The data paint the first nationwide picture of the prevalence of child abuse experienced by Canadian adults, lead author Tracie Afifi said of the study, published Tuesday in the Canadian Medical Association Journal.
She and her co-authors analyzed information collected from more than 23,000 adults 18 and older who took part in Statistics Canada's 2012 Canadian Community Health Survey. Respondents were asked questions about whether they were hit or subjected to other forms of physical or sexual abuse in childhood, or whether they were exposed to violence between the adults in their homes.
They were also asked whether they suffered from a variety of mental health disorders, including depression, bipolar disorder, alcohol or drug abuse as well as whether they thought about or had attempted suicide.
The researchers found a strong correlation between experiencing abuse in childhood and having mental health disorders in adulthood.
"Even when we looked at what's most minor and what some people today would still argue is not abuse, those are still related right across the board with strong effects for all the mental conditions we looked at," said Afifi, associate professor in the department of community health sciences at the University of Manitoba.
"As a Canadian, I find the number to be very large and alarming. As a child maltreatment researcher, that's the number I expected to see."
The findings didn't surprise Dr. Suvercha Pasricha either. The lead physician of the women's inpatient unit at the Centre for Addiction and Mental Health in Toronto, Pasricha sees the effects of childhood abuse daily in the patients she treats.
"These are all the behaviours children learn as ways of coping with their distress when they grow up in traumatic environments," she said, listing off the conditions — such as eating disorders — the study found are associated with childhood abuse.
"They turn into disorders as they get older."
Afifi said previous estimates of child abuse rates in Canada were based on a nearly 25-year-old study from Ontario and more recent data from Quebec.
For this study, people were not asked directly if they were abused. Afifi said studies have shown that some people who have been abused don't characterize their experiences as such.
Instead, the questions asked whether respondents were slapped on the face or head, spanked with a hard object or were pushed, grabbed, shoved or had something thrown at them to hurt them. For both those questions, respondents were asked to say yes only if the behaviour had happened a minimum of three times.
Another question asked if respondents were kicked, bit, punched, choked, burned or physically attacked at least once.
Sexual abuse questions were designed to determine whether respondents were forced into unwanted sexual activity. And the questions related to having witnessed intimate partner violence asked whether as children they had seen their parents, step-parents or guardians hit each other or other adults in the home three or more times.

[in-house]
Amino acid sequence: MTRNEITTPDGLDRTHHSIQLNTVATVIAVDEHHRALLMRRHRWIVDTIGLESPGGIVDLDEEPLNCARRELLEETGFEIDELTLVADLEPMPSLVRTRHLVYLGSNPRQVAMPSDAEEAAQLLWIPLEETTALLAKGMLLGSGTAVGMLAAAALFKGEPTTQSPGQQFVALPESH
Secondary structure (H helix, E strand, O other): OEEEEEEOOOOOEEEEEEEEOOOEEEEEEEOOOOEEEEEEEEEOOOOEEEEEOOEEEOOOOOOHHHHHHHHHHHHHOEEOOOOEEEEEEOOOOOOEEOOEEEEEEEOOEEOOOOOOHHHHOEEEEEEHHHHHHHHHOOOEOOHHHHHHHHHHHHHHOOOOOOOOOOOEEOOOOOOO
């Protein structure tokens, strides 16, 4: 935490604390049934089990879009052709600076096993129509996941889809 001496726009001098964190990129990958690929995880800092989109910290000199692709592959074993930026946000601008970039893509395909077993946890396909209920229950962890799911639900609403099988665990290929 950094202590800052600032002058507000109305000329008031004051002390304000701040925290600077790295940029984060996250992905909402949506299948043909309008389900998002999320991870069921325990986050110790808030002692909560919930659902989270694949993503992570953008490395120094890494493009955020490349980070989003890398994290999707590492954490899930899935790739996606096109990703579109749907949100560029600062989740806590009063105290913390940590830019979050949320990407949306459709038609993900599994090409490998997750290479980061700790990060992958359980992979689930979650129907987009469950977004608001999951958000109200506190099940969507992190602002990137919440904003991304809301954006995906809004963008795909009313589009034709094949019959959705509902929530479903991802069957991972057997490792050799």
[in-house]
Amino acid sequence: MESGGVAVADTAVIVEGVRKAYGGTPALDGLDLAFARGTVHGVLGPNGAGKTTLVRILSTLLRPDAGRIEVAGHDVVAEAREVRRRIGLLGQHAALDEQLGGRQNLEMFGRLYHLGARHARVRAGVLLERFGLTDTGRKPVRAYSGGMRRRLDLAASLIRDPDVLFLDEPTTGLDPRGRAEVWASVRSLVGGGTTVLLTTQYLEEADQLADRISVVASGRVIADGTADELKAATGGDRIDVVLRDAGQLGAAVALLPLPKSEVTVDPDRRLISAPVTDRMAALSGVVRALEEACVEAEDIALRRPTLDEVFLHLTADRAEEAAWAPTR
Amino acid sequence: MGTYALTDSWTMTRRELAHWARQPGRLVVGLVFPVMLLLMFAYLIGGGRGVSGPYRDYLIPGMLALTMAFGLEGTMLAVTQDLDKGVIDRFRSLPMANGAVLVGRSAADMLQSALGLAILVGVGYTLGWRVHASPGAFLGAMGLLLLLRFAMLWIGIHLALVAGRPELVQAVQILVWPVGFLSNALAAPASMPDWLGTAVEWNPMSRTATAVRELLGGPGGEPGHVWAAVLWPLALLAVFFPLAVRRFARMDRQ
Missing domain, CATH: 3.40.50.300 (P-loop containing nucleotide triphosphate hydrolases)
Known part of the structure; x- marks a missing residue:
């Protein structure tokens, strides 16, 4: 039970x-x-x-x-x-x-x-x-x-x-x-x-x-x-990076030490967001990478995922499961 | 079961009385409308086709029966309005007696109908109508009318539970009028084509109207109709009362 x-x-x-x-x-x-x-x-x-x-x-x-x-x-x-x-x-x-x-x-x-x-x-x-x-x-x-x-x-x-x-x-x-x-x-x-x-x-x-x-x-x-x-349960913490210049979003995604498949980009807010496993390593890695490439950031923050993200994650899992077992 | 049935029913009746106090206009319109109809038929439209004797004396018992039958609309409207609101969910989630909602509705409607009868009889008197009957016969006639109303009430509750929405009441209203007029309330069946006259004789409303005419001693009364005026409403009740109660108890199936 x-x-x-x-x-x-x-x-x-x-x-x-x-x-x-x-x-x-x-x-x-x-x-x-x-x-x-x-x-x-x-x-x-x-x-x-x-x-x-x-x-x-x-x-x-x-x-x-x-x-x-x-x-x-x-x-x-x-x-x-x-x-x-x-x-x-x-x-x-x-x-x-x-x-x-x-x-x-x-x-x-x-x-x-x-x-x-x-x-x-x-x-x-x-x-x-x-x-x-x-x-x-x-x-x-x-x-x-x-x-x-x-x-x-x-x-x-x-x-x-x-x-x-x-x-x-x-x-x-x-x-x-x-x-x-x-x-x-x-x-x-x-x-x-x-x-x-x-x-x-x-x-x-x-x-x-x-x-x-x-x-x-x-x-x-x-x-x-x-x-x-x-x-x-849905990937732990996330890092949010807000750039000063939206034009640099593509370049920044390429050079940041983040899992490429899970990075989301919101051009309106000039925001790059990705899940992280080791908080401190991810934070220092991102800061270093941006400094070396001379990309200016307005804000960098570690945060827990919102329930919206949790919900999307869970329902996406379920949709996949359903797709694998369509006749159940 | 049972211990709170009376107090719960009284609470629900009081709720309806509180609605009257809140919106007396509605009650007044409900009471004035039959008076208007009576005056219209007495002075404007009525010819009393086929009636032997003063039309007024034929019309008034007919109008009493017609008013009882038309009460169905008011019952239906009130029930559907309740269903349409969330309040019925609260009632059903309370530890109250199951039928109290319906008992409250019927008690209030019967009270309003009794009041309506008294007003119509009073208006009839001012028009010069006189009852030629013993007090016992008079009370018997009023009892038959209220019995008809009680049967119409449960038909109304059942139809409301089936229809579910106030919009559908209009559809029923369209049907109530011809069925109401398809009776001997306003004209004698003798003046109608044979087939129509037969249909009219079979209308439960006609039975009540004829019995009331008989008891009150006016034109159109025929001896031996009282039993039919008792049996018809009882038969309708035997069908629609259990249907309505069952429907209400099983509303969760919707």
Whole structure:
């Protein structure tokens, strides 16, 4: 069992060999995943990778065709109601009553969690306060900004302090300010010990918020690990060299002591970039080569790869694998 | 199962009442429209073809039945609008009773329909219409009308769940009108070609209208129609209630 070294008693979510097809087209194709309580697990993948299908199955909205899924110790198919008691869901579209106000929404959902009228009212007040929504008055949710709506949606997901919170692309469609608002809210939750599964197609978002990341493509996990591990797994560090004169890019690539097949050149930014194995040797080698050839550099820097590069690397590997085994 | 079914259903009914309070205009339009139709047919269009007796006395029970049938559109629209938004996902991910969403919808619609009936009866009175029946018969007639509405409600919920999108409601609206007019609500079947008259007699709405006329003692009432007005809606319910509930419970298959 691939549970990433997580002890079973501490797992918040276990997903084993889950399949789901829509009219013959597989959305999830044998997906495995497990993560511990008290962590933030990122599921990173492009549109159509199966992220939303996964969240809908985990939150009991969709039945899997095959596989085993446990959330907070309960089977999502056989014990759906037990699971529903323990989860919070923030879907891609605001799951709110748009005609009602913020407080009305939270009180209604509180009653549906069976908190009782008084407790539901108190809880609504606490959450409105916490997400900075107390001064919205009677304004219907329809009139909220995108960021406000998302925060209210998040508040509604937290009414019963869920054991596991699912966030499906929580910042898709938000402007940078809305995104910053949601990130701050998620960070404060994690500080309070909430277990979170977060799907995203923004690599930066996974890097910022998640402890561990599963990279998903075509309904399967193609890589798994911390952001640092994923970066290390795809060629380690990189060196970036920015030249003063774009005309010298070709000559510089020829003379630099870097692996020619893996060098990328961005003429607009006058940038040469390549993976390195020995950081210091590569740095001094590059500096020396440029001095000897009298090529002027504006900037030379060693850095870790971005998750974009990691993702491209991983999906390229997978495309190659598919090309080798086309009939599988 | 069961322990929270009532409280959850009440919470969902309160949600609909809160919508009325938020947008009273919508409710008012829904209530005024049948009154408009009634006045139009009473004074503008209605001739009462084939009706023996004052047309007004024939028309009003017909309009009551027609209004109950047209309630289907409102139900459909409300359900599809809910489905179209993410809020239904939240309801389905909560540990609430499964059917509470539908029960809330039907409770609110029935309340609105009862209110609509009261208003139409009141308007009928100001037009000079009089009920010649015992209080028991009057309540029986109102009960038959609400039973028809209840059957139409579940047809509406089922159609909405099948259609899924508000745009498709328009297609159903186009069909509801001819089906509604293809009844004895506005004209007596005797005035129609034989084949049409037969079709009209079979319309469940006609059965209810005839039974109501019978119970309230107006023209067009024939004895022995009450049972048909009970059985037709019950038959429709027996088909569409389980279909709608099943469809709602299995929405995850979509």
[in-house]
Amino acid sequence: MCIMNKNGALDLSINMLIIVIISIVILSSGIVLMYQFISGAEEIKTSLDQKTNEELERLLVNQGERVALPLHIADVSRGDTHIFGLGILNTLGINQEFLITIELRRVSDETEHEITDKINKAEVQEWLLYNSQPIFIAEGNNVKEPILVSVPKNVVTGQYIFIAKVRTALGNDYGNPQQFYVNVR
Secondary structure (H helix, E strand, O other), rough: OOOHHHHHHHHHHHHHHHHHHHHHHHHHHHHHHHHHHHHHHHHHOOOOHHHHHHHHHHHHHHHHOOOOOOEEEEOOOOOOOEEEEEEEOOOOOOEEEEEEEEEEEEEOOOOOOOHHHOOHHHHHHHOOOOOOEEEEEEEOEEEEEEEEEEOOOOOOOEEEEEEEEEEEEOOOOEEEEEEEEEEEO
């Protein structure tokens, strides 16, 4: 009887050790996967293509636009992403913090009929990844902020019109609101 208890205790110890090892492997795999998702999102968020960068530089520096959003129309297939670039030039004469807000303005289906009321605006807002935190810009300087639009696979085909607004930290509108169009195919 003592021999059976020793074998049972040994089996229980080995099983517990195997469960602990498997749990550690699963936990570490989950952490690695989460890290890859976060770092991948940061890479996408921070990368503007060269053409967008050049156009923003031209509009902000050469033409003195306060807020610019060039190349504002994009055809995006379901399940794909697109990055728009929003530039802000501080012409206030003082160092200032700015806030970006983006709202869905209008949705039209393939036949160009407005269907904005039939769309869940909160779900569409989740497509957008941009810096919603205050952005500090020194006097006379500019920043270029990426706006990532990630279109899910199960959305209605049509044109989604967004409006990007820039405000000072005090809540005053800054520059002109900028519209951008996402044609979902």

One in three adults reported experiences that met the criteria for at least one of the types of abuse, with physical abuse the most common of the three; 26 per cent of respondents said they had experienced physical abuse.
Ten per cent of respondents said they had experienced sexual abuse and nearly eight per cent witnessed intimate partner violence.
Men were more likely than women to have experienced physical abuse, 31 per cent versus 21 per cent. But women were more likely to have experienced sexual abuse, 14 per cent versus nearly six per cent. There was little difference in the rates of people who reported seeing intimate partner violence — nine per cent of women, seven per cent of men.
When the researchers looked to see if people who had experienced abuse were more likely to suffer from mental health disorders in adulthood, they found strong evidence of a link. (This type of study cannot prove cause-and-effect; it can only point to possible associations.)
People who reported experiencing all three types of abuse were 27 times more likely to have attempted suicide, 17 times more likely to have post-traumatic stress disorder and nearly 11 per cent more likely to have a drug dependency or an eating disorder.
Even those who had experienced only one type of abuse were between nearly two and four times more likely to have one or some of the various disorders.
The authors said it is critical to raise awareness of the issue so that prevention strategies can be devised and implemented.
"From a public health perspective these data alert us to the need to prevent all of these acts from happening on children today, which may also help to reduce the poor mental health in the next generations," Afifi said.
Pasricha agreed. She said just as salt intake affects the risk of high blood pressure, exposure to trauma raises the risk of mental health disorders.
"We preach about not eating a lot of salt and sugar ... for high blood pressure and diabetes. But we don't talk enough about prevention of trauma," she said.
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